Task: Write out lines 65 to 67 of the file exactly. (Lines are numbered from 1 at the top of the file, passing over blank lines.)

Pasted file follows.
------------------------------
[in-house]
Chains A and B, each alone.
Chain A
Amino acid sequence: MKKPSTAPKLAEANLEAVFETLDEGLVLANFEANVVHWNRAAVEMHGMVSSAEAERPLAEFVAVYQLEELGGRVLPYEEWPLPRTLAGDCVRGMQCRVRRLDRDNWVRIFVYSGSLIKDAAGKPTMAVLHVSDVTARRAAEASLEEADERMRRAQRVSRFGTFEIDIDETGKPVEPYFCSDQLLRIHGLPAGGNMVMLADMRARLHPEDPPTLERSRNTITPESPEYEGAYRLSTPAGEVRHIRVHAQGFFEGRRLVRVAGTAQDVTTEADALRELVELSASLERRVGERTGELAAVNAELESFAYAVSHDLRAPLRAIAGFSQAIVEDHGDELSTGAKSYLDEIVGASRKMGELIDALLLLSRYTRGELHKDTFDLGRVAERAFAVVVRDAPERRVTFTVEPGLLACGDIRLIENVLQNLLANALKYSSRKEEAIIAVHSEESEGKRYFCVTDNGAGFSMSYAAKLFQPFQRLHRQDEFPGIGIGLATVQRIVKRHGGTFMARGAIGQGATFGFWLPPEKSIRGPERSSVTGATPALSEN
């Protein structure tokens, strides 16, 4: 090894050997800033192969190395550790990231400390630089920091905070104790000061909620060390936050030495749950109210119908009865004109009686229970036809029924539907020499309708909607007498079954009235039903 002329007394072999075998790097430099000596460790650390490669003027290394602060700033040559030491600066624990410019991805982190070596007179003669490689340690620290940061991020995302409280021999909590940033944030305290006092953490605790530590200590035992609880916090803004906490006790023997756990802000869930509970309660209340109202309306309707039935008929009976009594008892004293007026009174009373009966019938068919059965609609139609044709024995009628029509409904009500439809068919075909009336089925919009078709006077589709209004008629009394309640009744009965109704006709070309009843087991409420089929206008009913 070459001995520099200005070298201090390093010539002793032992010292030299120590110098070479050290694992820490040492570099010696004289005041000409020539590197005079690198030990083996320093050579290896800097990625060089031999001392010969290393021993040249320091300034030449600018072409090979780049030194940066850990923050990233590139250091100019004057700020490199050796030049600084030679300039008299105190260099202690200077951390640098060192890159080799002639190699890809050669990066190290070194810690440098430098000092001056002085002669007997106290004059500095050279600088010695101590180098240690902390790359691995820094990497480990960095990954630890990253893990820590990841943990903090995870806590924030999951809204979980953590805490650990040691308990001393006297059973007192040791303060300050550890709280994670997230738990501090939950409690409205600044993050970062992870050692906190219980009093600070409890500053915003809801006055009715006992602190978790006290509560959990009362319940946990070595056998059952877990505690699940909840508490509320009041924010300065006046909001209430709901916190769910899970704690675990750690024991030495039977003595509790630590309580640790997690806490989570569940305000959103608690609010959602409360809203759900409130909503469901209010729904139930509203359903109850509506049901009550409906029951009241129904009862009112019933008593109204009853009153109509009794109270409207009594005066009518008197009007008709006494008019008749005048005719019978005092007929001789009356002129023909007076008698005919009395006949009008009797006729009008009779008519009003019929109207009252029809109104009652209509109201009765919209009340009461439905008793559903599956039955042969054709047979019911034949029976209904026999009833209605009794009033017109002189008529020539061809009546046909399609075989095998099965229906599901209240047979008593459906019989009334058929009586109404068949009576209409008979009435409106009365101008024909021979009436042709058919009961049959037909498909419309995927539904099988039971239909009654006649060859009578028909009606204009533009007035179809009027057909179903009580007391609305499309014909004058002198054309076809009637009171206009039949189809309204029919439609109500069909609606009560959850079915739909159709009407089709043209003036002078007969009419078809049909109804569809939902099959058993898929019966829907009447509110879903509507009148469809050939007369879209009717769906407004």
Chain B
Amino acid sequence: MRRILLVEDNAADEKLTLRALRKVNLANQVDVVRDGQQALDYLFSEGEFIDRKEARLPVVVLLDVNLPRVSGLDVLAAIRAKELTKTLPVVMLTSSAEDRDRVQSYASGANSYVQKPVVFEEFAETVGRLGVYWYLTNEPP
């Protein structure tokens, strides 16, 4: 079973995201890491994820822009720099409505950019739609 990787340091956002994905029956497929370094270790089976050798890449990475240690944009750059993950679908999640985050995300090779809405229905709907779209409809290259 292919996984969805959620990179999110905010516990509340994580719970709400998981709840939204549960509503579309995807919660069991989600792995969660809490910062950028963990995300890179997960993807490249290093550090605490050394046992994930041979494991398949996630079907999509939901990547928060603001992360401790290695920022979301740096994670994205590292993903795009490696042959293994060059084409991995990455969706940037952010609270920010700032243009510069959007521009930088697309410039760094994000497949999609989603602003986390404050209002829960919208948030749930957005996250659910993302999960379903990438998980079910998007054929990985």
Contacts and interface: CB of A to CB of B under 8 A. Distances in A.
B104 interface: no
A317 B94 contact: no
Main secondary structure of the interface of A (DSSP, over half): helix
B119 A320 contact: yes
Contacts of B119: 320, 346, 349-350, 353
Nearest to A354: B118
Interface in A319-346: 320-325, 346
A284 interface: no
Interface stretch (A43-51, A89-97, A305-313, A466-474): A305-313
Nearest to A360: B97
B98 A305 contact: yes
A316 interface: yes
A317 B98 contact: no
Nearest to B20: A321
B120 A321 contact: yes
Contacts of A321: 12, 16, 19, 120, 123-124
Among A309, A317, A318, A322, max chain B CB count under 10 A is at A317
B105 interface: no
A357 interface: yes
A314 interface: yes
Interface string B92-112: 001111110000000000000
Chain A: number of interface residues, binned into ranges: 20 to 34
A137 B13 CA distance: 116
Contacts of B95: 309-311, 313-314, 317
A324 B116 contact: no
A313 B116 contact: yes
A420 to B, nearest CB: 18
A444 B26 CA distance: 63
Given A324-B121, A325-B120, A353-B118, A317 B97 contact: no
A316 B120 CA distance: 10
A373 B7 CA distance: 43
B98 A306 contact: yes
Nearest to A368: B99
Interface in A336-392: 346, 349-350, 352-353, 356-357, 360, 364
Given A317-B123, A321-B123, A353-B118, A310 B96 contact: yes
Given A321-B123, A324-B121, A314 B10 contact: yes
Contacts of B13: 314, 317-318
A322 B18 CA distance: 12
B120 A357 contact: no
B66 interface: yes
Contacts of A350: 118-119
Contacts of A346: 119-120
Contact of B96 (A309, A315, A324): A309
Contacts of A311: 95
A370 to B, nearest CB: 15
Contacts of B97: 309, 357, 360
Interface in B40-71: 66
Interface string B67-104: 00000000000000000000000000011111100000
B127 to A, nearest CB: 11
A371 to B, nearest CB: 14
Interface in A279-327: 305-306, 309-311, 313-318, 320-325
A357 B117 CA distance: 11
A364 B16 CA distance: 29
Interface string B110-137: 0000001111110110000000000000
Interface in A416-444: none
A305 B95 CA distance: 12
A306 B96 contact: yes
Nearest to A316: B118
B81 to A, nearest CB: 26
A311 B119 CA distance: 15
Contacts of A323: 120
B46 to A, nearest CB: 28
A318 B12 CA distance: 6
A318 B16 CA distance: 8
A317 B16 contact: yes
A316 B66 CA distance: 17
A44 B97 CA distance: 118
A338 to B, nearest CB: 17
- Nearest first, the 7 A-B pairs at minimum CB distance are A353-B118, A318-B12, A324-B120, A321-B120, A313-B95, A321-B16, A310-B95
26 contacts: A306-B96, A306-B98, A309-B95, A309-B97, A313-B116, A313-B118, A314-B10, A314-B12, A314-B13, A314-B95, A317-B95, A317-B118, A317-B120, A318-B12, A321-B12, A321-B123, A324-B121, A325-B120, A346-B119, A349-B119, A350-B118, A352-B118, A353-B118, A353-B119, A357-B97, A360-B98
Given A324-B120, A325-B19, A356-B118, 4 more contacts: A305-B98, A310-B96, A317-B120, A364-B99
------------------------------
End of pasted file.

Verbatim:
A305 B95 CA distance: 12
A306 B96 contact: yes
Nearest to A316: B118